Ian Bateson is a journalist and current Fulbright scholar based in Ukraine.

As the sun begins to set, the boom of artillery begins. This is Marinka, a former suburb of Donetsk that now sits on the front line of fighting in Ukraine. Here, as elsewhere, shooting picks up along the front line as international observers go home for the day.

In her home, Tatiana Kutsenko shows me where a rocket landed in her garden. In another spot you can see where a bullet hit a window. The bullet still sits in between the panes of glass. She has covered the entry hole with tape, but it makes no sense to replace the glass. It will likely just be hit by another bullet.

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This is the reality in Marinka, where the unbearable has become everyday. Children learn behind schools’ sandbagged windows how to recognize unexploded ordnance and land mines. Cease-fires are broken almost as quickly as they are agreed upon. And tombstones for the dead are delayed because they will too quickly be shattered by stray bullets. Territory now rarely changes hands, but fighting is constant.

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On Sept. 5, that suddenly seemed to have a chance of changing when Russian President Vladimir Putin unexpectedly told journalists that Russia would support a U.N. peacekeeping mission in Ukraine. Ukrainian President Petro Poroshenko has long called for U.N. peacekeepers, but a lack of Russian support doomed the project. Now, on Sept. 20, Poroshenko is expected to call for a peacekeeping mission during his address to the U.N. General Assembly.

A peacekeeping mission has the potential to pull the two sides away from each other and add muscle to the Organization for Security and Co-operation in Europe (OSCE) monitoring mission. Although peacekeepers will not end the conflict, they could make cease-fires stick and drastically improve the lives of the hundreds of thousands of people living along the front line.

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For those who remain, the stress is tremendous, and aid organizations like Médecins Sans Frontières now run mobile psychological clinics that travel to try to help locals cope. Few have the resources to go elsewhere, and the lack of any sort of end to the conflict or closure to loss is daunting.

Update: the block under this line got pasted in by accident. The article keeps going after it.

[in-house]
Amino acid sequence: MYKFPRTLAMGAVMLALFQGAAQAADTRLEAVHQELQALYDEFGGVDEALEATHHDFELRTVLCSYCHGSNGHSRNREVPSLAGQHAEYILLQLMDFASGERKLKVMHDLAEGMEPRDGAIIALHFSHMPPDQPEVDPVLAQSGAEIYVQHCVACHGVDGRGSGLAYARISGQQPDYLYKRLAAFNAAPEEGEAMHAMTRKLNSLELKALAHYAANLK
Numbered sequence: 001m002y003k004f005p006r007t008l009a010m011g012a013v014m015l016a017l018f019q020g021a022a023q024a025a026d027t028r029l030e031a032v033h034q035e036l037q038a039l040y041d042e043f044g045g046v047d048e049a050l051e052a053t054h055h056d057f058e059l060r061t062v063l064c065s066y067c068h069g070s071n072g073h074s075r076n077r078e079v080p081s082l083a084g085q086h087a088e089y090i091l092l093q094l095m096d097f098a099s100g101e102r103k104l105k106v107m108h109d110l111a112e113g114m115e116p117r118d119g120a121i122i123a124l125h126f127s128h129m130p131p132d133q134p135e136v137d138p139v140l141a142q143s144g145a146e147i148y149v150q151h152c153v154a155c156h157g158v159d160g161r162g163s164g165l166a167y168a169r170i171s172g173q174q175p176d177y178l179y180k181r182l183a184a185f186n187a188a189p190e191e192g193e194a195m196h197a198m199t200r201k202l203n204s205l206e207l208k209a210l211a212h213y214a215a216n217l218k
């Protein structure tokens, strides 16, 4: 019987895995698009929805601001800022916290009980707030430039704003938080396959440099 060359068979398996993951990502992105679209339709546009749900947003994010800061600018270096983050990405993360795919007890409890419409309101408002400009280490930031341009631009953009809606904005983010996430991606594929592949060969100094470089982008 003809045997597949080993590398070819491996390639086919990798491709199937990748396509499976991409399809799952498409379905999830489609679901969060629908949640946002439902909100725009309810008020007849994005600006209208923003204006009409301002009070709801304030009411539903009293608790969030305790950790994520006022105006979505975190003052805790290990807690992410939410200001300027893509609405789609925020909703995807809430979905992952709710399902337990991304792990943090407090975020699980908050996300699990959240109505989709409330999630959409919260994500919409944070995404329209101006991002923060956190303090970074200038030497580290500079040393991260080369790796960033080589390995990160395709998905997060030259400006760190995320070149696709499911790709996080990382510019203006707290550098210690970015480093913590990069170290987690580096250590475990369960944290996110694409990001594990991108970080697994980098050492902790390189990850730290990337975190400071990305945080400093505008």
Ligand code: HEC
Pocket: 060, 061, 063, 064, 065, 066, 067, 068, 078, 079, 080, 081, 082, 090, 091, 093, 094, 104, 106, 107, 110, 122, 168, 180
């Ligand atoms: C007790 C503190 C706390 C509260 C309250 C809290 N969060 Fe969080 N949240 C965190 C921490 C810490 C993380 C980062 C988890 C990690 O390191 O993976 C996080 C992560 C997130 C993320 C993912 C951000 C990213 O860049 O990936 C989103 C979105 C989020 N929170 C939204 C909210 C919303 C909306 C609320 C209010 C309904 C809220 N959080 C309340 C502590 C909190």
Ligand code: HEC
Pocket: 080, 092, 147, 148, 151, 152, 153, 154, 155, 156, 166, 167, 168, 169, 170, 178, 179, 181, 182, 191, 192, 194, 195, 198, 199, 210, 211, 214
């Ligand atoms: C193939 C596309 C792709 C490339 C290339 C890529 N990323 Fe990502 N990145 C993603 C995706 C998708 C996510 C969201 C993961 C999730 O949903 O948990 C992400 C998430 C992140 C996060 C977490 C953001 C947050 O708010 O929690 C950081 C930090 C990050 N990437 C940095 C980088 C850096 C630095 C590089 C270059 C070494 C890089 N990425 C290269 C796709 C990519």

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The lack of closure takes many forms. For some, it is the constant shooting, but for others it is the faces of relatives who have disappeared. “We call it ambiguous loss. The person is in your mind, but they are already gone,” said Mariana Chacón Lozano, who handles missing persons for the International Committee of the Red Cross (ICRC) in Ukraine.

Valentina Tylichko has been looking for her son since he disappeared on Aug. 3, 2014. He had gone to Donetsk to pick up his paycheck and had called her after getting off the bus and beginning the two-mile walk home. Heavy shooting started, and she never heard from him again.

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Now, like many mothers of the missing, she has a recurring dream. She sees her son, Dima, coming down the street. She runs after him, only to lose him in a crowd that doesn’t understand her. Other mothers in Marinka have similar dreams of their sons returning, only to tell them that they can’t remember the way home, or are lying in hospitals and can’t remember who they are. In desperation, some mothers turn to psychics or Internet scammers who claim to be able to help find their missing relatives.

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Kutsenko listens to Tylichko and coaches her on what to tell the police to have her son added to a registry of the missing and tells her how to get in touch with the ICRC. Kutsenko’s own son was missing for a year. “It is better to know,” she says.

Kutsenko’s son, who was partially paralyzed, disappeared after going to meet with Ukrainian soldiers in 2015. She saw soldiers driving his car with the windshield blown out later that day. After a year of lobbying, she succeeded in having an investigation opened, and later one of the soldiers revealed the mortar crater where they had left her son’s body. The two soldiers are now on trial.

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Now she has a grave for her son and takes him roses from her garden, but she has yet to put up a headstone. The cemetery frequently comes under fire, the bullets damaging and destroying headstones. “It will have to wait until things change,” she says.

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Whether U.N. peacekeepers actually put their boots on the ground in the eastern Ukraine will depend on negotiations between Ukraine and Russia. Ukraine has to agree to any mission, and Russia has to withdraw its veto in order for any mission to happen. So far Putin has supported a narrower mandate that would limit the peacekeepers to the front and to escorting observers from the OSCE. Ukraine has advocated for a wider mandate that would include the entire Donbass, and, critically, the Ukrainian-Russian border that Ukraine does not control, and where military forces and weapons currently cross freely from Russia into separatist-controlled territory. Trust is almost nonexistent.

But if a peacekeeping mission can be agreed upon, Marinka would be one of the first places to benefit.

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